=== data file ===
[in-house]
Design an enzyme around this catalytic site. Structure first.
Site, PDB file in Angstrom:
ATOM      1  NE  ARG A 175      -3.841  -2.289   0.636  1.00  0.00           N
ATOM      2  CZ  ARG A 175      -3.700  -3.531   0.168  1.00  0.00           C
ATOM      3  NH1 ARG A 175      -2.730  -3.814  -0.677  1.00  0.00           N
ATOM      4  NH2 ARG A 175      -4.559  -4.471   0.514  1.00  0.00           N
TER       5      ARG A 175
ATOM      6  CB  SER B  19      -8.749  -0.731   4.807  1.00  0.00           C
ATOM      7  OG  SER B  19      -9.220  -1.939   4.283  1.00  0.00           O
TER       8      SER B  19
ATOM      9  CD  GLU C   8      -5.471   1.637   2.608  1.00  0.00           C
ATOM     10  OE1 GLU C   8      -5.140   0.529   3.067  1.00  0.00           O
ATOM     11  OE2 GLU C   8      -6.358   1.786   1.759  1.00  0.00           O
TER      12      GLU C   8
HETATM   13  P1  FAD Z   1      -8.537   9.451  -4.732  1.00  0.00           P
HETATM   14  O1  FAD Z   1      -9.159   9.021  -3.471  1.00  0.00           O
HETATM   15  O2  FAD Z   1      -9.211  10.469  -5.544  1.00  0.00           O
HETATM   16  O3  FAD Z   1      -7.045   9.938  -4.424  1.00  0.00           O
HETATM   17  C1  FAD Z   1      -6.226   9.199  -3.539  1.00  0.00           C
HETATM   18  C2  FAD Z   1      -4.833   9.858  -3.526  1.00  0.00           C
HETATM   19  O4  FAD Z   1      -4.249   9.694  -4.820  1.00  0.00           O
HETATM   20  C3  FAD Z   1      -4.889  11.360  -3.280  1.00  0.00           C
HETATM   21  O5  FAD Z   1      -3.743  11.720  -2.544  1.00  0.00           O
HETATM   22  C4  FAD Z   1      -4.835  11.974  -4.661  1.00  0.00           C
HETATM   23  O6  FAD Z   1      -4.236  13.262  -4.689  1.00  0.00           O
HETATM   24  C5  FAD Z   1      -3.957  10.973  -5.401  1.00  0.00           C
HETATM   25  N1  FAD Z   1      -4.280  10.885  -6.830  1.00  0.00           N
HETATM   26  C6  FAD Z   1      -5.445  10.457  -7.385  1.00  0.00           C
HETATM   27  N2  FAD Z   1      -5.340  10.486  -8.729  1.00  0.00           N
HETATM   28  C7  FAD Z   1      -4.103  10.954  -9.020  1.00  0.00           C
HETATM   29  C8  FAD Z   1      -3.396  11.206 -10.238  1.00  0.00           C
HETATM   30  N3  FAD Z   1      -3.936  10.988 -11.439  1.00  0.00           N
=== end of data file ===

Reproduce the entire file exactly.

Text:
[in-house]
Design an enzyme around this catalytic site. Structure first.
Site, PDB file in Angstrom:
ATOM      1  NE  ARG A 175      -3.841  -2.289   0.636  1.00  0.00           N
ATOM      2  CZ  ARG A 175      -3.700  -3.531   0.168  1.00  0.00           C
ATOM      3  NH1 ARG A 175      -2.730  -3.814  -0.677  1.00  0.00           N
ATOM      4  NH2 ARG A 175      -4.559  -4.471   0.514  1.00  0.00           N
TER       5      ARG A 175
ATOM      6  CB  SER B  19      -8.749  -0.731   4.807  1.00  0.00           C
ATOM      7  OG  SER B  19      -9.220  -1.939   4.283  1.00  0.00           O
TER       8      SER B  19
ATOM      9  CD  GLU C   8      -5.471   1.637   2.608  1.00  0.00           C
ATOM     10  OE1 GLU C   8      -5.140   0.529   3.067  1.00  0.00           O
ATOM     11  OE2 GLU C   8      -6.358   1.786   1.759  1.00  0.00           O
TER      12      GLU C   8
HETATM   13  P1  FAD Z   1      -8.537   9.451  -4.732  1.00  0.00           P
HETATM   14  O1  FAD Z   1      -9.159   9.021  -3.471  1.00  0.00           O
HETATM   15  O2  FAD Z   1      -9.211  10.469  -5.544  1.00  0.00           O
HETATM   16  O3  FAD Z   1      -7.045   9.938  -4.424  1.00  0.00           O
HETATM   17  C1  FAD Z   1      -6.226   9.199  -3.539  1.00  0.00           C
HETATM   18  C2  FAD Z   1      -4.833   9.858  -3.526  1.00  0.00           C
HETATM   19  O4  FAD Z   1      -4.249   9.694  -4.820  1.00  0.00           O
HETATM   20  C3  FAD Z   1      -4.889  11.360  -3.280  1.00  0.00           C
HETATM   21  O5  FAD Z   1      -3.743  11.720  -2.544  1.00  0.00           O
HETATM   22  C4  FAD Z   1      -4.835  11.974  -4.661  1.00  0.00           C
HETATM   23  O6  FAD Z   1      -4.236  13.262  -4.689  1.00  0.00           O
HETATM   24  C5  FAD Z   1      -3.957  10.973  -5.401  1.00  0.00           C
HETATM   25  N1  FAD Z   1      -4.280  10.885  -6.830  1.00  0.00           N
HETATM   26  C6  FAD Z   1      -5.445  10.457  -7.385  1.00  0.00           C
HETATM   27  N2  FAD Z   1      -5.340  10.486  -8.729  1.00  0.00           N
HETATM   28  C7  FAD Z   1      -4.103  10.954  -9.020  1.00  0.00           C
HETATM   29  C8  FAD Z   1      -3.396  11.206 -10.238  1.00  0.00           C
HETATM   30  N3  FAD Z   1      -3.936  10.988 -11.439  1.00  0.00           N